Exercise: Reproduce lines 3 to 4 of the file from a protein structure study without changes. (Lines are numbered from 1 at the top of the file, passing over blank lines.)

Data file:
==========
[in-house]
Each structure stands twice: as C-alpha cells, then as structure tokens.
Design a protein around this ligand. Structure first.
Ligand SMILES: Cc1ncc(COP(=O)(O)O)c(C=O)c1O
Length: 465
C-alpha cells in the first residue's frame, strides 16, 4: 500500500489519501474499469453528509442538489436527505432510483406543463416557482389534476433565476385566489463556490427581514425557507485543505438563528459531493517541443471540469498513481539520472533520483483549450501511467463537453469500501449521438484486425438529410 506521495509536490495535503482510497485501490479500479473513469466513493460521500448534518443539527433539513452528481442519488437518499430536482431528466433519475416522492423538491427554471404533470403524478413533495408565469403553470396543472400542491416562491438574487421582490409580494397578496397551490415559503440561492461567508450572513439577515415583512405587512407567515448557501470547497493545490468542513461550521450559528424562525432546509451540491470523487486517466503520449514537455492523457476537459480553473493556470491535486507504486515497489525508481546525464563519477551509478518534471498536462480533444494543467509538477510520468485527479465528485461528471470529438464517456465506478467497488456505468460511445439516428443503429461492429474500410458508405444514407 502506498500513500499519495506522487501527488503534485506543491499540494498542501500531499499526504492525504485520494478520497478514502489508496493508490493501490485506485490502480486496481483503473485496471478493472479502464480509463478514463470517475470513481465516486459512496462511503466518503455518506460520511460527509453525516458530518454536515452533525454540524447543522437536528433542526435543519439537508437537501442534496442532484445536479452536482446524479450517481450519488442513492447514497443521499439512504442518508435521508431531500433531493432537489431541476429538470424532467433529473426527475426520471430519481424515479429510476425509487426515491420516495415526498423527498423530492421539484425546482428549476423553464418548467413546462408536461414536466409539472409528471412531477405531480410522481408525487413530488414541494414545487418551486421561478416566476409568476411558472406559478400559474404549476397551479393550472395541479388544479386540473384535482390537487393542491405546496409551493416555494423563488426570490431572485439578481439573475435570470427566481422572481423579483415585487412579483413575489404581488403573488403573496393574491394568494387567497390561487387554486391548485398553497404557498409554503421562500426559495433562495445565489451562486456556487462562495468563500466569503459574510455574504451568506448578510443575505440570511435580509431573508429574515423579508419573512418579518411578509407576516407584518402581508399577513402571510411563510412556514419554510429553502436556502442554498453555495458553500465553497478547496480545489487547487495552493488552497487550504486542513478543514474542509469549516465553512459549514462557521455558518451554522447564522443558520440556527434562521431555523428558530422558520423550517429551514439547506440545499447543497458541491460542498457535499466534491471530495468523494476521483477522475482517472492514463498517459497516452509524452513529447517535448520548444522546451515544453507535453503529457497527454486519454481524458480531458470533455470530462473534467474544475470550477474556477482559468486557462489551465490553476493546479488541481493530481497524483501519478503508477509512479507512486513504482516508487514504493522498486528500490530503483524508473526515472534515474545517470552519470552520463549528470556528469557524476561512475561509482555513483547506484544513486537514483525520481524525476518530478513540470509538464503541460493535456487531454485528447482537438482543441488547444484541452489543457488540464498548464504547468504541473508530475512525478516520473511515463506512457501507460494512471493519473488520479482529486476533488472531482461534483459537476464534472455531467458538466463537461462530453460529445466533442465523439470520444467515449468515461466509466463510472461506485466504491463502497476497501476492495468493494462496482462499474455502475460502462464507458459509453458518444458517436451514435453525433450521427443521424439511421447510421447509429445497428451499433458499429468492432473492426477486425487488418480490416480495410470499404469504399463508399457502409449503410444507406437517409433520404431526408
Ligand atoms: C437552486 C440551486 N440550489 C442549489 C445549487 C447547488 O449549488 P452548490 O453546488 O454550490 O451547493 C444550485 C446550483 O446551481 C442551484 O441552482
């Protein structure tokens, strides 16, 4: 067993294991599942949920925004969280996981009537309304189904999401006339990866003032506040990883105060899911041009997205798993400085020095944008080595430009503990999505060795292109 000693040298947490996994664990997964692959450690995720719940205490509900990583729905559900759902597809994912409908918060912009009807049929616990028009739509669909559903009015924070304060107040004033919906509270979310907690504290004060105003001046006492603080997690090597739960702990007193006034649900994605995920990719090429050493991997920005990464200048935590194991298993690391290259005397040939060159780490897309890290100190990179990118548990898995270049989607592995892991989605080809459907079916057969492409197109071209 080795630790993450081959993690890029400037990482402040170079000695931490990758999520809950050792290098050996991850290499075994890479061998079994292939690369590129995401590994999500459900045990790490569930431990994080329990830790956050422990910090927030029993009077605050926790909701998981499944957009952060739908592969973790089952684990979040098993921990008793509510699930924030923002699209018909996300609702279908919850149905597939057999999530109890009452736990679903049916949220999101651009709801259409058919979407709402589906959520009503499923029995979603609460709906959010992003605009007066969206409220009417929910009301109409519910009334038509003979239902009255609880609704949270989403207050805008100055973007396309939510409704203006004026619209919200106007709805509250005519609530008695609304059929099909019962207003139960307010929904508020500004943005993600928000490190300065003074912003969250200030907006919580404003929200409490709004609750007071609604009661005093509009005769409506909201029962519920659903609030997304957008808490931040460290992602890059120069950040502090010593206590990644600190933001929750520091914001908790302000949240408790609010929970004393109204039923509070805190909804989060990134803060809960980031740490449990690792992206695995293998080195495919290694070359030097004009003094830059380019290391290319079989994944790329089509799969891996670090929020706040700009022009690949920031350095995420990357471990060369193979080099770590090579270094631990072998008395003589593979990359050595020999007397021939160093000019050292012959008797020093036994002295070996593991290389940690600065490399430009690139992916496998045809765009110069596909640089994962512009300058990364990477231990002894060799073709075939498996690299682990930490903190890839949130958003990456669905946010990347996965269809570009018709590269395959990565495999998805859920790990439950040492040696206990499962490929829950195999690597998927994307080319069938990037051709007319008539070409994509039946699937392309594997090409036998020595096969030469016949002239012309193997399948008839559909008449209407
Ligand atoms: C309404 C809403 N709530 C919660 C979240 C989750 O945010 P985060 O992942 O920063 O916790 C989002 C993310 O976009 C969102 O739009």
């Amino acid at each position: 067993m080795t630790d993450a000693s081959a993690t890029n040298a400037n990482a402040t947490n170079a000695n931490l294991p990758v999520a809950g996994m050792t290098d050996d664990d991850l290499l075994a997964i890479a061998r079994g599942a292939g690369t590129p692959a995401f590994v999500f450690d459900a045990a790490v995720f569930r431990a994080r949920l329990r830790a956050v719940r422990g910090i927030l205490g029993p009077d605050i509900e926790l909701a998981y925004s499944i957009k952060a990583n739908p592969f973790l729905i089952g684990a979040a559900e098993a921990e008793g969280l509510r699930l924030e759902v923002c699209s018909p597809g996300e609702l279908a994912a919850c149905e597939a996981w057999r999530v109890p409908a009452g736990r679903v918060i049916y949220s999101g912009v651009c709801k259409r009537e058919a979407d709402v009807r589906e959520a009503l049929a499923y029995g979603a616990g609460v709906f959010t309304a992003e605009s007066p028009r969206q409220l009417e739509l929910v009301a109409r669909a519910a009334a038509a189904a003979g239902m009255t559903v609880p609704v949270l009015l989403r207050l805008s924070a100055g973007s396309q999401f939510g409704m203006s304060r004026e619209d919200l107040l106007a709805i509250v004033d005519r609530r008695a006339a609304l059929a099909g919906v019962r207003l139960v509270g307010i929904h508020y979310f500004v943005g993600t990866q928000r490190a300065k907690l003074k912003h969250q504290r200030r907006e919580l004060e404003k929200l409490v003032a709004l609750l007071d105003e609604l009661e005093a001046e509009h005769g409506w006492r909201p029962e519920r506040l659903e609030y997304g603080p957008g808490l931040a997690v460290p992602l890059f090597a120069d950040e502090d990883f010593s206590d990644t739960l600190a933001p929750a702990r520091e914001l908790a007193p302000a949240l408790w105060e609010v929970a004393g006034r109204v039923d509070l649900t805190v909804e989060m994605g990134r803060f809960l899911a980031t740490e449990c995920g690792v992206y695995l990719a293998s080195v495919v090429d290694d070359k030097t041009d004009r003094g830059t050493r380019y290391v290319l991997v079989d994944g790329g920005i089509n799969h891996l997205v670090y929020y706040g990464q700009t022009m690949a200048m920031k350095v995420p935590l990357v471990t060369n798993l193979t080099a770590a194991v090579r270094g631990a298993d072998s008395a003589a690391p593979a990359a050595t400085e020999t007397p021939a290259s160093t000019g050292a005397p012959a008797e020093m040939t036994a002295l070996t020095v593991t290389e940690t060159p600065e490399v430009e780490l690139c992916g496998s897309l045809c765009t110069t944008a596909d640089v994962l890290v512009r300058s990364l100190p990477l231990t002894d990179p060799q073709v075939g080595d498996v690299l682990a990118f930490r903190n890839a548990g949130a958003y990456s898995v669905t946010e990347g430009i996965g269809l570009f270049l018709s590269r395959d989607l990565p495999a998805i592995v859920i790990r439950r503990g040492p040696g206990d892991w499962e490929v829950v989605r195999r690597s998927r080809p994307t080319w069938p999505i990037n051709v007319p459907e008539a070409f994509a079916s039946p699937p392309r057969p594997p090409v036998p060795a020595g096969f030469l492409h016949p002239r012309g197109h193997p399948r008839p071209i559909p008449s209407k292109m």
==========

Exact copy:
Design a protein around this ligand. Structure first.
Ligand SMILES: Cc1ncc(COP(=O)(O)O)c(C=O)c1O